Furthermore, we found that the function of EBV-specific CD8+ T-cells as measured by IFN-γ ELISPOT did not differ significantly between malaria cases, in acute stage or convalescence, and age- and sex- matched healthy controls. In a different study comparing children living under differing malaria exposure in Kenya, Moormann et al found that fewer children between five and nine years of age responded to pools of EBV peptides when coming from an area of high rather than sporadic malaria transmission [11]. The fact that bed net programmes target 0–5 year old children makes it conceivable that the most pronounced difference is detected in children above this age group. Of additional interest, despite a preservation of EBV-specific CD8+ T-cell responses, we find that PD-1, a marker reported to signify cellular exhaustion, is significantly up regulated in acute malaria and does not decline to control levels by day 28. However, PD-1 expression significantly correlates with CD38 expression on CD4+ and CD8+ T-cells which supports recent findings in HIV that PD-1 is not purely a marker of cell exhaustion [22] and reflects immune activation.

Our study has limitations that are worth discussion. Although previously reported data suggest a dramatic decline in malaria exposure in the country as a whole, our study design precludes exact knowledge of the exposure history of our study participants. However, we do know that 95% of three year old children followed up longitudinally in a birth cohort adjacent to our study's catchment area had no serological evidence of malaria exposure [18], and that a cohort study conducted in Brefet in the 2009 transmission season only identified one clinical case of malaria [26]. In addition to this we found only 24% of control children, mean age 7 years (range 1.5–16 years), were MSP-1(19) seropositive (data not shown). This is lower than previously quoted figures (30%, 0–7 years and 46%, 8–10 years) [27] Recent publications from the Gambia from differing peri-urban sites also confirm this decline [28], with one study demonstrating only a 4% seropositivity to MSP-1(19) in 0 to 14 years olds in 2009 [19].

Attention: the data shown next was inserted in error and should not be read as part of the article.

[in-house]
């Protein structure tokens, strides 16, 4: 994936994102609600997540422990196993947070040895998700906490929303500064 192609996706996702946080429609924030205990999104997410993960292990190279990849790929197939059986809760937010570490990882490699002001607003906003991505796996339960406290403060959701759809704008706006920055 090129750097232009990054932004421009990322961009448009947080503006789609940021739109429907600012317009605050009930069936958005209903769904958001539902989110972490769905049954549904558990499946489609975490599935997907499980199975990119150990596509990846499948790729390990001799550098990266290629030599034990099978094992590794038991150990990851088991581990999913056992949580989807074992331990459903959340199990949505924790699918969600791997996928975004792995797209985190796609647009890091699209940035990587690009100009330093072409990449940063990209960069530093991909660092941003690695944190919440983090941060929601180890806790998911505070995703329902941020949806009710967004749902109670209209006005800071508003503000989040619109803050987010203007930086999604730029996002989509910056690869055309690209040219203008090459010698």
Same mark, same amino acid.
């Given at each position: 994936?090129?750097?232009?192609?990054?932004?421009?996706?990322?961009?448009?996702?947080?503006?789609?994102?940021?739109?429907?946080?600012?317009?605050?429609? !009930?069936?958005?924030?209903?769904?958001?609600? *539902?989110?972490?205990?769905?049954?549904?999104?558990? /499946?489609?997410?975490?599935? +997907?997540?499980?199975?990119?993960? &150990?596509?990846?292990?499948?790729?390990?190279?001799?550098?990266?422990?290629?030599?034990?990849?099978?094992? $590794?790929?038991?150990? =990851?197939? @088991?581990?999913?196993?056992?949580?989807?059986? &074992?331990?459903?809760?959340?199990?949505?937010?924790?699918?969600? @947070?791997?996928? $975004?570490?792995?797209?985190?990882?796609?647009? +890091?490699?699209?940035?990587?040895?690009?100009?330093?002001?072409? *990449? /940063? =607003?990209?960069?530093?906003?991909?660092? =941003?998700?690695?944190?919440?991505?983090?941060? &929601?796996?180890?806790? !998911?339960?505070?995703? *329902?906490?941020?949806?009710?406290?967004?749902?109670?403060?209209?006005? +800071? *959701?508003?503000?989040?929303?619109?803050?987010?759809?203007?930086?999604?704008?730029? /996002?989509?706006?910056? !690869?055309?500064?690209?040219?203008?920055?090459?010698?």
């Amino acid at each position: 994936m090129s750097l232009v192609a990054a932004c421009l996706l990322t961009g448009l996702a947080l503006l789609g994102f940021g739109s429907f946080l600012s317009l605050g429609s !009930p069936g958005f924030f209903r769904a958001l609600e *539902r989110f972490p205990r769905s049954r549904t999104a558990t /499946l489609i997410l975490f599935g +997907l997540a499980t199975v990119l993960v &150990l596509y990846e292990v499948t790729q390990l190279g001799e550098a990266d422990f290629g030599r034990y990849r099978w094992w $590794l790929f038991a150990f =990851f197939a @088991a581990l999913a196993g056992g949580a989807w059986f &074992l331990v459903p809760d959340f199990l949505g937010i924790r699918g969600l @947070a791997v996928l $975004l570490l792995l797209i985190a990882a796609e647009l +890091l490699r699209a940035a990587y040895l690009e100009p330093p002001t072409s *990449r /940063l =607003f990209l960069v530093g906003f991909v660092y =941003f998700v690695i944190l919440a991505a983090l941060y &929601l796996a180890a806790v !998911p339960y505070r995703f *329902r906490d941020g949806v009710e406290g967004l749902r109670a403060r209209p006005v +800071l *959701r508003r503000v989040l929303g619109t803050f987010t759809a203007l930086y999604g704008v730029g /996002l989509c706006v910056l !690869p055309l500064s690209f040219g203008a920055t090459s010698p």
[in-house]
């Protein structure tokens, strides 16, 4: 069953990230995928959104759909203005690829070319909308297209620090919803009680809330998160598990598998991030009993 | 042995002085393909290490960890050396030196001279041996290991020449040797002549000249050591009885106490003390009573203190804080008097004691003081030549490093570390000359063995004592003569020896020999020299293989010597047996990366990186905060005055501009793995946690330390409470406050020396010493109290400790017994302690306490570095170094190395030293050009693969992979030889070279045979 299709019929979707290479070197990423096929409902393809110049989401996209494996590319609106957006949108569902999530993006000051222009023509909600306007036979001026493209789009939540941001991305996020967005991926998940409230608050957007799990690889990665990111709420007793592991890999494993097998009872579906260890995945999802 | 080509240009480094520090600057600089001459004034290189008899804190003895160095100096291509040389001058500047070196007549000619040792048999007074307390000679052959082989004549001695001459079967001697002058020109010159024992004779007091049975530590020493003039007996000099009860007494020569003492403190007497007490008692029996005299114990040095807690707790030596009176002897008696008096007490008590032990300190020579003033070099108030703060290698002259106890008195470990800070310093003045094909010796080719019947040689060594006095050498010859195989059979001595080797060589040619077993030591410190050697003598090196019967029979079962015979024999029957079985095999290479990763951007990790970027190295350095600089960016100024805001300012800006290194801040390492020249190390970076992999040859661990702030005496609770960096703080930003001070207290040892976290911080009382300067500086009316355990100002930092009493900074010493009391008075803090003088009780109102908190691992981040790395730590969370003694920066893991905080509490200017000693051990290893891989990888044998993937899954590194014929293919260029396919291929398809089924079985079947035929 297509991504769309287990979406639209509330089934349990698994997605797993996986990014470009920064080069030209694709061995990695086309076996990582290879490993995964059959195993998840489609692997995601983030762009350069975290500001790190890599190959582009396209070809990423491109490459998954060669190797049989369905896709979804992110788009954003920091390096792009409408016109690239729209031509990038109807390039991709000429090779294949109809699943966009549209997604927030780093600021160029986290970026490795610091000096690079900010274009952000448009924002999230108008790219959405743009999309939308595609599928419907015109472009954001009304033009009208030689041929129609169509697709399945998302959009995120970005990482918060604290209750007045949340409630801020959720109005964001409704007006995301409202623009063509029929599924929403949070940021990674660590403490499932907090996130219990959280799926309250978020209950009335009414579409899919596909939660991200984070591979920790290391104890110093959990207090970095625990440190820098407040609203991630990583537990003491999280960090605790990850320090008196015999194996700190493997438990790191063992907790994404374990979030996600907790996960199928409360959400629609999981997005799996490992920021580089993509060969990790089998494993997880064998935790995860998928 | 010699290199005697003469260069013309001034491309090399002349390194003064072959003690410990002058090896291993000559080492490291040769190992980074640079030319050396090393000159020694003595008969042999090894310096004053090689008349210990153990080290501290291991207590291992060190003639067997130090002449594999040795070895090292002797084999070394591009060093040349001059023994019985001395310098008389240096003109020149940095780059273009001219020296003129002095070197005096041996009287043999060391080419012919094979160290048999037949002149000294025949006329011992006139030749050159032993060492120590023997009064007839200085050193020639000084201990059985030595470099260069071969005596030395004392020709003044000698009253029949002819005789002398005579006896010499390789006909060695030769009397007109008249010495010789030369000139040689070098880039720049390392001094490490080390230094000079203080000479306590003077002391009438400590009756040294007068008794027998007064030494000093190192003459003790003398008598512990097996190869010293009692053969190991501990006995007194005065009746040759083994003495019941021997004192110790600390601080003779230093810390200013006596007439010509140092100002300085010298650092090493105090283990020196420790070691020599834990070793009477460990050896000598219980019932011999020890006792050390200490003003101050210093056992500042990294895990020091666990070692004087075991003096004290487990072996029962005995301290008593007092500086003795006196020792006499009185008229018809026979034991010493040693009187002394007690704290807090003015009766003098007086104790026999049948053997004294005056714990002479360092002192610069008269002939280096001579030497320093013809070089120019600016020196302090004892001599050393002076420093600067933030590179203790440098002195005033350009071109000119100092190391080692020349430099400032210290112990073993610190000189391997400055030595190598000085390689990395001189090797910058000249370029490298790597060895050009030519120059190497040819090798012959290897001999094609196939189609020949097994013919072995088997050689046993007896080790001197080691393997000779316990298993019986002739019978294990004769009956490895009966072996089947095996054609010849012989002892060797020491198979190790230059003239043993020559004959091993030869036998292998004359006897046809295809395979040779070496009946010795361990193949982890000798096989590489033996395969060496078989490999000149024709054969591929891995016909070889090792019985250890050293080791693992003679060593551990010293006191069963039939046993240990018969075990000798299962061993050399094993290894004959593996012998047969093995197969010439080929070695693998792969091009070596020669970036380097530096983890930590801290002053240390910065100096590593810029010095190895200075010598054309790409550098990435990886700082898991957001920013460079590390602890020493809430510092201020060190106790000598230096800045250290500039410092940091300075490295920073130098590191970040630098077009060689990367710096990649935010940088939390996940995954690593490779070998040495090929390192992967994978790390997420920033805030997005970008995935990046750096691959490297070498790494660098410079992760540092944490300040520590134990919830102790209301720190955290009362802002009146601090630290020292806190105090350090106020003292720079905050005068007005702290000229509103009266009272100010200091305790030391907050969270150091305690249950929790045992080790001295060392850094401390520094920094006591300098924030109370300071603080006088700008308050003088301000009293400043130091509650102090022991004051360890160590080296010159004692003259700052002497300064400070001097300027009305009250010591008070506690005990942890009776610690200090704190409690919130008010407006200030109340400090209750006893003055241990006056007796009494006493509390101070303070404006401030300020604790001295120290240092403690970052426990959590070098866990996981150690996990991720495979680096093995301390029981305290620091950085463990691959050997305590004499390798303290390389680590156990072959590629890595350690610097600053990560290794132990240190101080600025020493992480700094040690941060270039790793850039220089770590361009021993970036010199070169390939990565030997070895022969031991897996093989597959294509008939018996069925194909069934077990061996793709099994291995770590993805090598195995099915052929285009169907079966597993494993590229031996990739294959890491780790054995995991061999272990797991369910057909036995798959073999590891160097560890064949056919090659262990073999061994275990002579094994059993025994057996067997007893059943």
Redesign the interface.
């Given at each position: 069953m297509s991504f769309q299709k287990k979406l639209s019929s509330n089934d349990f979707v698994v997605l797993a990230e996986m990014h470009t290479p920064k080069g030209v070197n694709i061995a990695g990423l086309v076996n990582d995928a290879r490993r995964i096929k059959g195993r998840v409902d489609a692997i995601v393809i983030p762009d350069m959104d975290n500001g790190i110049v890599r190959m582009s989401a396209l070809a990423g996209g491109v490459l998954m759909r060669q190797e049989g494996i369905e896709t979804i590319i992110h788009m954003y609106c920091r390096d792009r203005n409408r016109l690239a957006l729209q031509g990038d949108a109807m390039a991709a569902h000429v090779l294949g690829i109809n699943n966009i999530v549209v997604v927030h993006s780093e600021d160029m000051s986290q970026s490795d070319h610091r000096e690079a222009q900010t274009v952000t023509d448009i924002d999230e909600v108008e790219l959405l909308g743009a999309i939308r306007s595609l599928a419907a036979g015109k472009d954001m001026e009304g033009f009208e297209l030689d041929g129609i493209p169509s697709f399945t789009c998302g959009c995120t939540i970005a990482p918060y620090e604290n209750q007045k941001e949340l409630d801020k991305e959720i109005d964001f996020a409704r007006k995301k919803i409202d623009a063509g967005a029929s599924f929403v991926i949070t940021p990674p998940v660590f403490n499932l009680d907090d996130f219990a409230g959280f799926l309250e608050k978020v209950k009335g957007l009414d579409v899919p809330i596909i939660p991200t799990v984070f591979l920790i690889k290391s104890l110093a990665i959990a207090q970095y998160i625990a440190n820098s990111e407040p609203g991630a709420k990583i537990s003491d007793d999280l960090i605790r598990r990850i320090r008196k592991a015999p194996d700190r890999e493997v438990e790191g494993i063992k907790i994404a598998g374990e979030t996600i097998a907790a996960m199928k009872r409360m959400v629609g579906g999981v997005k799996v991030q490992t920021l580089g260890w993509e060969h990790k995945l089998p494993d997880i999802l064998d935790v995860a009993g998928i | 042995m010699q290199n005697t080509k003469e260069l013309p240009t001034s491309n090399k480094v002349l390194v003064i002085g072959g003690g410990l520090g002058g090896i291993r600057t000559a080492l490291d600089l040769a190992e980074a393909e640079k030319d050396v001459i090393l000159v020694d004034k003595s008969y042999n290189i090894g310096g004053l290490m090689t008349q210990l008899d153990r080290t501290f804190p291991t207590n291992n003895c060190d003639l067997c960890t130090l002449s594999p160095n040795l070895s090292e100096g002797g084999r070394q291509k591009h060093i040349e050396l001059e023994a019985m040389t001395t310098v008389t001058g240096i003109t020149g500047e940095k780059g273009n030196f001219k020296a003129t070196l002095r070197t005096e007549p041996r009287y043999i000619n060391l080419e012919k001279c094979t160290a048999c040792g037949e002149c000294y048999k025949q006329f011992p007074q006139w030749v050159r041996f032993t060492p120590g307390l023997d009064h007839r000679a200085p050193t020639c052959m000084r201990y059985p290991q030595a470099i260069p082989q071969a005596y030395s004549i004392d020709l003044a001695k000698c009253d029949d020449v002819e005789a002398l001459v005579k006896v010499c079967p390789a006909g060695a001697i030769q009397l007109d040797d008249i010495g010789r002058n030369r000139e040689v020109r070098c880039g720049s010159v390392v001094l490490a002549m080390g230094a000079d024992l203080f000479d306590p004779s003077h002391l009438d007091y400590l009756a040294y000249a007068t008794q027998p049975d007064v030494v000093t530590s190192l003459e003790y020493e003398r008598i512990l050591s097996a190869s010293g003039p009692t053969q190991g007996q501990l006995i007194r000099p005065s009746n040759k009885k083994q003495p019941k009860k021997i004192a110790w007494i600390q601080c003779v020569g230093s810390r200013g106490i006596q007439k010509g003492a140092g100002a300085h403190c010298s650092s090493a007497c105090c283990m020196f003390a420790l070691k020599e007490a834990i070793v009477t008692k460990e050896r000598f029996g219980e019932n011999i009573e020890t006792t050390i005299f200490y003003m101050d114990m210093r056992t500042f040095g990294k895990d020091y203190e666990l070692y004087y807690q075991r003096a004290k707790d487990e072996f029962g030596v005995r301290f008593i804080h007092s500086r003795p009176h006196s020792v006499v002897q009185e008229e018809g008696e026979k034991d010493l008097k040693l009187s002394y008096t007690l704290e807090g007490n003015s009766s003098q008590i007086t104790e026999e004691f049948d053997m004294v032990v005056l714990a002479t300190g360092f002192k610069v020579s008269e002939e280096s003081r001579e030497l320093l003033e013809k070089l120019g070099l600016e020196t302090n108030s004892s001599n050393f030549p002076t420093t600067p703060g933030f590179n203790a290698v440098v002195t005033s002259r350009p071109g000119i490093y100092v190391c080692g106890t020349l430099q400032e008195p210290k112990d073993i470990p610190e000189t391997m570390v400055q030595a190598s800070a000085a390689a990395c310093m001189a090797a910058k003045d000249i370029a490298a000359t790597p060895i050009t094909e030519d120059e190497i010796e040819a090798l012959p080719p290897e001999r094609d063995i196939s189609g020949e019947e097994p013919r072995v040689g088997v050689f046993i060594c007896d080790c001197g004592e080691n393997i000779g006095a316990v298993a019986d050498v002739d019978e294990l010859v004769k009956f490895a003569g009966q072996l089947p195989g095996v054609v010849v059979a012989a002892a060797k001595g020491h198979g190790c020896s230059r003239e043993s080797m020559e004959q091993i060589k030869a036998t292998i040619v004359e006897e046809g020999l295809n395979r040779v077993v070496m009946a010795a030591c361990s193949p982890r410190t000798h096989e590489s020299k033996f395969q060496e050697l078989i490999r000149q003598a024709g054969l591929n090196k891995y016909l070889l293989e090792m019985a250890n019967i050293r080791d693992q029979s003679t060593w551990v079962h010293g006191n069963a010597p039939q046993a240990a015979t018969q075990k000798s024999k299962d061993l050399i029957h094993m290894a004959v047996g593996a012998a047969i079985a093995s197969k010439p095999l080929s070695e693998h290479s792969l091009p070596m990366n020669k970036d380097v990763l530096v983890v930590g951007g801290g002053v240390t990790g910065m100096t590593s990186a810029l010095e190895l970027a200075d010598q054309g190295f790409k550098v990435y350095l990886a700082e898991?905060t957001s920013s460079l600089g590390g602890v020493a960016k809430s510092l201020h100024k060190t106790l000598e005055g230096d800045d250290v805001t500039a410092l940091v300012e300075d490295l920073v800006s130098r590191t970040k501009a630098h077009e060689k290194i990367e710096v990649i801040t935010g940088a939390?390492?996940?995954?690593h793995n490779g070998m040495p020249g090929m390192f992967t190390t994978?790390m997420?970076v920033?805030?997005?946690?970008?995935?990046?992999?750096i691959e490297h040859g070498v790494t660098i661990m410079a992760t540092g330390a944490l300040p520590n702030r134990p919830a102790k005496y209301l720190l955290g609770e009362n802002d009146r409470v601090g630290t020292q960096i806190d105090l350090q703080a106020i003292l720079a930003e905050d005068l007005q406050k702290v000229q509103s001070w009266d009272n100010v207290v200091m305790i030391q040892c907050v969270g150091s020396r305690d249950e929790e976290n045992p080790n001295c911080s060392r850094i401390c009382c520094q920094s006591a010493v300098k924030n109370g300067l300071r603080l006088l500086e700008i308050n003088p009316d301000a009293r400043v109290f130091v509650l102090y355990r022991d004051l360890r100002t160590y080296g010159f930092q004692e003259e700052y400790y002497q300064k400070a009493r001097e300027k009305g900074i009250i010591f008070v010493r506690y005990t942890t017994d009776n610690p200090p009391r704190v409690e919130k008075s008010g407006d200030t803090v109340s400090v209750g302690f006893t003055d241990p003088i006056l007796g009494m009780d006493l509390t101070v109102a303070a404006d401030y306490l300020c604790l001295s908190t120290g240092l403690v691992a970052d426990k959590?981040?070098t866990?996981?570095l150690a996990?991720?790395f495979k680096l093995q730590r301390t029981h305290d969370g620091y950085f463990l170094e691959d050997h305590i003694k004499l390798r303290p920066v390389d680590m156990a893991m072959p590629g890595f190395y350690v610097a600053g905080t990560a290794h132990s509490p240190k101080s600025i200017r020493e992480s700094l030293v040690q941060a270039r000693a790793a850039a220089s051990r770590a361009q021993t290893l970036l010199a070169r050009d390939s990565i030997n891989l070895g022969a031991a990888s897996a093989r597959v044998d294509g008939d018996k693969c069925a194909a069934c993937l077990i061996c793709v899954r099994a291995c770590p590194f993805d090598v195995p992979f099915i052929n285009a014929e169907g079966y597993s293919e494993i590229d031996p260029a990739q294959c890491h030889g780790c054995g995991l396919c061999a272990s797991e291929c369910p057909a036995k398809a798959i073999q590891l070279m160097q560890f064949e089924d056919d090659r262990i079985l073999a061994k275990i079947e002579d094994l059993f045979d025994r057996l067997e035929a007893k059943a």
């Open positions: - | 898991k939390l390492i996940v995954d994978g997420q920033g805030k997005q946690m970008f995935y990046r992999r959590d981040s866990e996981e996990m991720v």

Previous case-control studies have demonstrated that acute malaria infection can alter EBV host balance leading to an increase in EBV genome loads [15], [16], [17]. The cross-sectional cohort studies conducted by Moormann et al indicate that chronic malaria infection also plays a role in tipping the balance in favour of the virus [11], [12]. Our findings suggest that there is no impairment of EBV immunity during a primary acute P. falciparum infection and therefore suggest that alteration in EBV host balance is likely to be dependent on cumulative prior infections. A further longitudinal study of primary and cumulative acute P. falciparum infections and their impact on EBV host balance would be required to test this hypothesis.

Our findings, however, have more general implications adding to the mounting evidence that the decline in malaria seen in some parts of sub-Saharan Africa have wider implications than a reduction in morbidity and mortality from malaria alone. Additional changes have been seen in the rates of invasive bacterial diseases such as non-typhoidal salmonella in the Gambia [29], [30], and all cause mortality in children within regions where a reduction in malaria has been demonstrated [31]. Data to establish whether our observation translates into a reduced incidence of Burkitt's lymphoma are needed.

Materials and Methods

Ethics Statement

The Gambian Government/ MRC Laboratories Joint Ethics Committee approved this study. Participants were enrolled after individual written informed consent was obtained from the participant's parent/guardian.


Thirty-two Gambian children (aged 1–15 years) enrolled into studies of severe and uncomplicated malaria were tested [20]. All presented with uncomplicated P. falciparum malaria, defined as a temperature >37.5°C within the last 48 hours, and ≥5000 parasites/µl detected by slide microscopy. Thirty-two age- and sex- matched healthy aparasitaemic controls were recruited from Brefet, a rural community where malaria transmission has dropped considerably [19]. All patients received standard care according to the Gambian Government Treatment Guidelines.

P. falciparum infected children were bled on admission (D0) and after 28 days (±3 days); controls were bled at one time point. 500 µl of blood was collected into an EDTA microcontainer for a full blood count (FBC) and DNA extraction. A further 4 mls was collected into heparinised vacutainers® (BD). PBMCs were separated on lymphoprep for use in ex vivo flow cytometric surface staining and IFN-γ ELISPOT assays.

Viral load